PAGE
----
Visions of flying reindeer did NOT dance in Santa’s head. “Come quick. The herd’s sick.”

            “Eleven Lords a’leaping, Berry. Grounded reindeer? Oh dear and no levitation? What a strange situation!”

            Super Squirrels vowed to get them upright. Comet and Cupid and all the rest perched on tree branches to learn from the best. 

            Reindeer spread antlers, sensed the wind. Puffed fur like squirrels, headed airborne again. They pawed, pranced, and rose to the roof. 

            BAM! BOOM! CRASH!  A soupy fog caused a great crash. Holly and Berry to the rescue once more fitted them with night vision goggles so they could explore.

            Gliding by moonlight, super squirrels at the lead, over trees the herd sped with Santa and sled. In the nick of time, to the four corners of Earth they spread Christmas cheer.

            Now reindeer all snuggle, safe in their beds while visions of super squirrels fly in their heads. Merry Christmas to all and to all a good flight!

Tuesday, January 2, 2018

The Gratitude Attitude

Today's exercise from Julie Hedlund's 12 Days of Christmas Anti-Resolution Revolution centers on gratitude. We are to fill the page thinking back to our surprises and successes from 2017 and how gratitude infuses itself in our writing journey. I instinctively began thinking of gratitude with my success list, so look back to my last post, #22. (It's the last item on my list.)


1. As I begin my 5th year as a children's writer, I am happy in the confidence I've gained in my craft. 
2. My world has grown so much larger thanks to the connections I've made with other writers in kidlit land.
3. I finally feel I know "who I am" as a writer - my strengths, my weaknesses, my favorite themes and topics.
4. I am amazed at how many published authors take time to help us pre-pub folks. Generous authors have encouraged and even offered critiques out of friendship. I am humbled by their actions. (Jen Swanson, Jill Esbaum, Linda Skeers, Alayne Kay Christian, Andrea J. Loney, Miranda Paul, Carmella Van Vleet, Michelle Houts, Sherri Duskey Rinker have been so giving.)
5. My critique group helps me with all aspects of my writing. They are personal friends who mean so much to me. (Janie Reinart, Pam Courtney, Charlotte Dixon, Melissa Rutigliano, and Monique Morales Wakefield.)
6. Both SCBWI Ohio groups have accepted me with open arms after I moved here from AZ. They are active, meet regularly, and have great conferences and events. 
7. Columbus OH libraries are some of the best in the country! They are open even on Sundays and the children's librarians at the Gahanna branch have become colleagues. 
8. Writing for children has opened up my inner child. I am more alive and aware in daily life as I look through a child's eyes at this world. (My two grands, Rosie and Tobin, always give me inspiration.)
9. I learn and grow everyday. I am never bored. 
10. Writer friends I trust are plentiful. I am energized and happier after I talk  or share stories w/Lindsay Bonilla, Pam Vaughn, and Liana Lee.  
11. My soul mate and partner of almost 30 years, husband Bob, is patient with me, gives me space to work, offers ideas and suggestions, and has even written a story or two himself. I am so blessed to have him in my life.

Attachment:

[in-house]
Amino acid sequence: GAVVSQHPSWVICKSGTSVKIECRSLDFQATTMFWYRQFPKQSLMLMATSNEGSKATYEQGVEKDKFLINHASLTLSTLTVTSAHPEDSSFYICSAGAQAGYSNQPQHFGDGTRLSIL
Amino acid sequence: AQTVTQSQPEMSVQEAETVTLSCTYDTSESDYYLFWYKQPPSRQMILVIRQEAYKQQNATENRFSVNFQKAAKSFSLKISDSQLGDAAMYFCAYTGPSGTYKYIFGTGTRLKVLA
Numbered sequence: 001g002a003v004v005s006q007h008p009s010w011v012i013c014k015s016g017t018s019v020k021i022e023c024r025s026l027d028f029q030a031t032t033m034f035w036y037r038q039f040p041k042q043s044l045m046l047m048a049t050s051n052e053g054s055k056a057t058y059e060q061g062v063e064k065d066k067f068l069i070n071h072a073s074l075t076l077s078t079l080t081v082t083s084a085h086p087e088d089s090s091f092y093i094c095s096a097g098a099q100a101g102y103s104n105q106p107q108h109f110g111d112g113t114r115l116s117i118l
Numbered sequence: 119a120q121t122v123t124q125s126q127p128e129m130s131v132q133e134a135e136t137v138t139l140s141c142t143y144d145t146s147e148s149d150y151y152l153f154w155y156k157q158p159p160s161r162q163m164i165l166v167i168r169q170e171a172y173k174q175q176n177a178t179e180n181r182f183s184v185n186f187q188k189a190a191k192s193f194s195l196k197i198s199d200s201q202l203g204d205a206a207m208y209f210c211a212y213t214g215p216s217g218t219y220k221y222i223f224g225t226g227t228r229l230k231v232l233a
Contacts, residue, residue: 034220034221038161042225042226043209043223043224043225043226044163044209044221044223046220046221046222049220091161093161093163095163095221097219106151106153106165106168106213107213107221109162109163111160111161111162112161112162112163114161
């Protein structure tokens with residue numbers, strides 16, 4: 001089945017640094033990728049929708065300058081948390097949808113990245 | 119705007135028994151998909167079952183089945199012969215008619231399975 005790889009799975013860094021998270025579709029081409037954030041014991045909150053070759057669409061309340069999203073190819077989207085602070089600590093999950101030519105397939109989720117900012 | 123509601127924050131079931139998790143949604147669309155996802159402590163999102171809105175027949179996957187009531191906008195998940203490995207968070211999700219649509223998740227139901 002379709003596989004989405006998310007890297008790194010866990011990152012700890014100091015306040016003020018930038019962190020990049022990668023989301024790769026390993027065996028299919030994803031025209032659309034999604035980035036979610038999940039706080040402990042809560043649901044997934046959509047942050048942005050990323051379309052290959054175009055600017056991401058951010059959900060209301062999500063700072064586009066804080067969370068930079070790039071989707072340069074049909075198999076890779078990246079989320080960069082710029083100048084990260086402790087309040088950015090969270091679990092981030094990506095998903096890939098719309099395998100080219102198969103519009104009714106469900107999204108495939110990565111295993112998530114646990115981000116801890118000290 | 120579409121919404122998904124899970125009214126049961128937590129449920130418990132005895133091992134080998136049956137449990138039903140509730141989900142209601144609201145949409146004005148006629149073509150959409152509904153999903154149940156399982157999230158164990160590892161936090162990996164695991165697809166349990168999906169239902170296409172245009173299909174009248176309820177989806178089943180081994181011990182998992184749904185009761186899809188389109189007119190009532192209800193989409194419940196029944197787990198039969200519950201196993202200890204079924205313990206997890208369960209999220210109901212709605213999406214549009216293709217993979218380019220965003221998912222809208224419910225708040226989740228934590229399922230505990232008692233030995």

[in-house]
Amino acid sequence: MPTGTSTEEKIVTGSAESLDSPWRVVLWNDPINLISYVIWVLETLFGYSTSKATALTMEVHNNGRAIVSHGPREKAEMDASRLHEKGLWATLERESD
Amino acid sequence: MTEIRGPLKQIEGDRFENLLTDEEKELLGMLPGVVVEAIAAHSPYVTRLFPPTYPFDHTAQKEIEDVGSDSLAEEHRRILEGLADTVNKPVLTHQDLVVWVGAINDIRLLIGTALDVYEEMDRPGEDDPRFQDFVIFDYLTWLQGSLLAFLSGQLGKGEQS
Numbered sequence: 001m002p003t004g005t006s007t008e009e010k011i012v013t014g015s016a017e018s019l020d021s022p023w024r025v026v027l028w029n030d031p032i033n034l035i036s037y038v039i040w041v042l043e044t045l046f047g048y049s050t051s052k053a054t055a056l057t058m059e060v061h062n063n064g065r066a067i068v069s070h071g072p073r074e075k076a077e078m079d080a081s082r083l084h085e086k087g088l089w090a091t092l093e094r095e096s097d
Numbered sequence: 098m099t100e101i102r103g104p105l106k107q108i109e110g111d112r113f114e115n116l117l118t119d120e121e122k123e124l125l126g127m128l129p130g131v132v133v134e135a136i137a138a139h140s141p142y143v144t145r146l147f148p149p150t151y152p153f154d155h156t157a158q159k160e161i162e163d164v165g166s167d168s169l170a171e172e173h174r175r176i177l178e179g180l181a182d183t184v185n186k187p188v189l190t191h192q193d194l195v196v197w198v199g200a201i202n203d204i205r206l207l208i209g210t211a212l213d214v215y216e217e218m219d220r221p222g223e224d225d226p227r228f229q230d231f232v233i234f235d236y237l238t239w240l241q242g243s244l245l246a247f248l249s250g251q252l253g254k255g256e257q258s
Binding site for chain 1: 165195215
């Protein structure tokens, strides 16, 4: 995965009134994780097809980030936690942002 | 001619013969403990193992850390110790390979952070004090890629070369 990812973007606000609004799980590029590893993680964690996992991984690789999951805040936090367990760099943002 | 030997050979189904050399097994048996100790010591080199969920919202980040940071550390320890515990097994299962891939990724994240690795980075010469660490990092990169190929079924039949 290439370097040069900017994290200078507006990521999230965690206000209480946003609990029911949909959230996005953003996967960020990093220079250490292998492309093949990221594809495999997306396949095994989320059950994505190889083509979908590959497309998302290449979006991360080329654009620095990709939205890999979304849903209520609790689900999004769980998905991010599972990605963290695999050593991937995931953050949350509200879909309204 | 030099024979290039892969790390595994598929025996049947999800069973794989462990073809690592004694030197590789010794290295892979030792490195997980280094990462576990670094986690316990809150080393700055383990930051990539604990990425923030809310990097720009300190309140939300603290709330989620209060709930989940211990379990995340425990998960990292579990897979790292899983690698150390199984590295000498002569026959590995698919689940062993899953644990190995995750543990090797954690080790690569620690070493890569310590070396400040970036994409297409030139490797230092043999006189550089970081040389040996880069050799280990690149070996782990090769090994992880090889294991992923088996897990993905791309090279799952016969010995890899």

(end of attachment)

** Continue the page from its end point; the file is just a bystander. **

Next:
Thursday, December 28, 2017

Looking Back at Success to Move Forward: The Anti-Resolution Revolution

The future is mine to define.

This is my third year of participating in this challenge to honor the work I did as a writer in 2017 before moving into 2018. I gain deeper insight every year from this challenge. Another perk is the nourishment I receive from other writers involved in the challenge.

Children's author Julie Hedlund, challenged participants of her 12 Days of Christmas for Writers series to post SUCCESSES (rather than resolutions) on our blogs this year. She believes the way New Year's resolutions are traditionally made come from a place of negativity - what DIDN'T get done or achieved in the previous year.  Instead, she suggests we set goals for the New Year that BUILD on our achievements from the previous one. I decided to participate in this Anti-Resolution Revolution! Here is my list for 2017 in no particular order.

1. I submitted more stories to agents and editors than in 2016. I counted 25 submissions total to agents and editors. I targeted my subs strategically looking for the best match for my personality and body of work. (I 'd had an agent before and jumped in too quickly, so now I am very judicious.) 
2. Twitter pitch parties became part of my submission repertoire and I garnered several requests to send work to agents/publishers. This is a first for me even though I didn't have any contract offers.
3. I've been blogging consistently with a group of likeminded writers for 3+ years. I'm now the go-to person for social media PR for this group. It takes time, but I'm building a great platform.
4. Published authors now ask me to interview them or review books for the GROG,  AKA group blog.  
5. Our group blog has been recognized by the influential KidLit411 curated blog many times in 2017.
6. My use of twitter has expanded and I have a stronger presence there than in 2016.
7. The online critique group I joined has really jelled and we are all subbing, helping each other with queries and pitches. The biggest bonus is these wonderful women are some of my closest friends.
8. At the Whispering Woods Retreat in Iowa, a WIP turned around with the help of 8 writers and author/leaders Linda Skeers and Jill Esbaum. I created a new ms there which is now getting some interest, too.